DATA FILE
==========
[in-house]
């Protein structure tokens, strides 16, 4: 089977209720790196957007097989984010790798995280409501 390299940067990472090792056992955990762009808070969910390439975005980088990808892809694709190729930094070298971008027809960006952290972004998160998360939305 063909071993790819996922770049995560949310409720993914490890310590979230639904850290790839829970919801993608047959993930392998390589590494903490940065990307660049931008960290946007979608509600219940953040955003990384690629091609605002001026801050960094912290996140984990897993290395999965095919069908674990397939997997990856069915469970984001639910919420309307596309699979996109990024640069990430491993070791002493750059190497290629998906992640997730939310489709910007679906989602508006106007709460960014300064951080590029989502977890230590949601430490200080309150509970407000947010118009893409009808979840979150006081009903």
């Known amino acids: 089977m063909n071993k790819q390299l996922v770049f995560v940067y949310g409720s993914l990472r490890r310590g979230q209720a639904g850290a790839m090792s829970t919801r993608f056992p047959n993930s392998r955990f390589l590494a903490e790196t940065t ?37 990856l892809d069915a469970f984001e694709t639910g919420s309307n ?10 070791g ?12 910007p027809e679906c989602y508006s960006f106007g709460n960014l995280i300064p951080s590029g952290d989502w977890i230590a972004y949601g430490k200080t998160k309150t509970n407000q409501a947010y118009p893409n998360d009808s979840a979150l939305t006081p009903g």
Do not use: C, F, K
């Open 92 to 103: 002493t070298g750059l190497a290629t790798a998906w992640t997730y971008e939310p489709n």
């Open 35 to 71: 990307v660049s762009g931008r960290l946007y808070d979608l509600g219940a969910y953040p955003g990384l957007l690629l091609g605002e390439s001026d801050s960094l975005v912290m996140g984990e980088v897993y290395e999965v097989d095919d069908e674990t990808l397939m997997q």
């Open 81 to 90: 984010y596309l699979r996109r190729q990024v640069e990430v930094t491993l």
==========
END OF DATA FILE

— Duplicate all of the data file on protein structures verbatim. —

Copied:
[in-house]
């Protein structure tokens, strides 16, 4: 089977209720790196957007097989984010790798995280409501 390299940067990472090792056992955990762009808070969910390439975005980088990808892809694709190729930094070298971008027809960006952290972004998160998360939305 063909071993790819996922770049995560949310409720993914490890310590979230639904850290790839829970919801993608047959993930392998390589590494903490940065990307660049931008960290946007979608509600219940953040955003990384690629091609605002001026801050960094912290996140984990897993290395999965095919069908674990397939997997990856069915469970984001639910919420309307596309699979996109990024640069990430491993070791002493750059190497290629998906992640997730939310489709910007679906989602508006106007709460960014300064951080590029989502977890230590949601430490200080309150509970407000947010118009893409009808979840979150006081009903």
């Known amino acids: 089977m063909n071993k790819q390299l996922v770049f995560v940067y949310g409720s993914l990472r490890r310590g979230q209720a639904g850290a790839m090792s829970t919801r993608f056992p047959n993930s392998r955990f390589l590494a903490e790196t940065t ?37 990856l892809d069915a469970f984001e694709t639910g919420s309307n ?10 070791g ?12 910007p027809e679906c989602y508006s960006f106007g709460n960014l995280i300064p951080s590029g952290d989502w977890i230590a972004y949601g430490k200080t998160k309150t509970n407000q409501a947010y118009p893409n998360d009808s979840a979150l939305t006081p009903g």
Do not use: C, F, K
């Open 92 to 103: 002493t070298g750059l190497a290629t790798a998906w992640t997730y971008e939310p489709n």
């Open 35 to 71: 990307v660049s762009g931008r960290l946007y808070d979608l509600g219940a969910y953040p955003g990384l957007l690629l091609g605002e390439s001026d801050s960094l975005v912290m996140g984990e980088v897993y290395e999965v097989d095919d069908e674990t990808l397939m997997q």
């Open 81 to 90: 984010y596309l699979r996109r190729q990024v640069e990430v930094t491993l």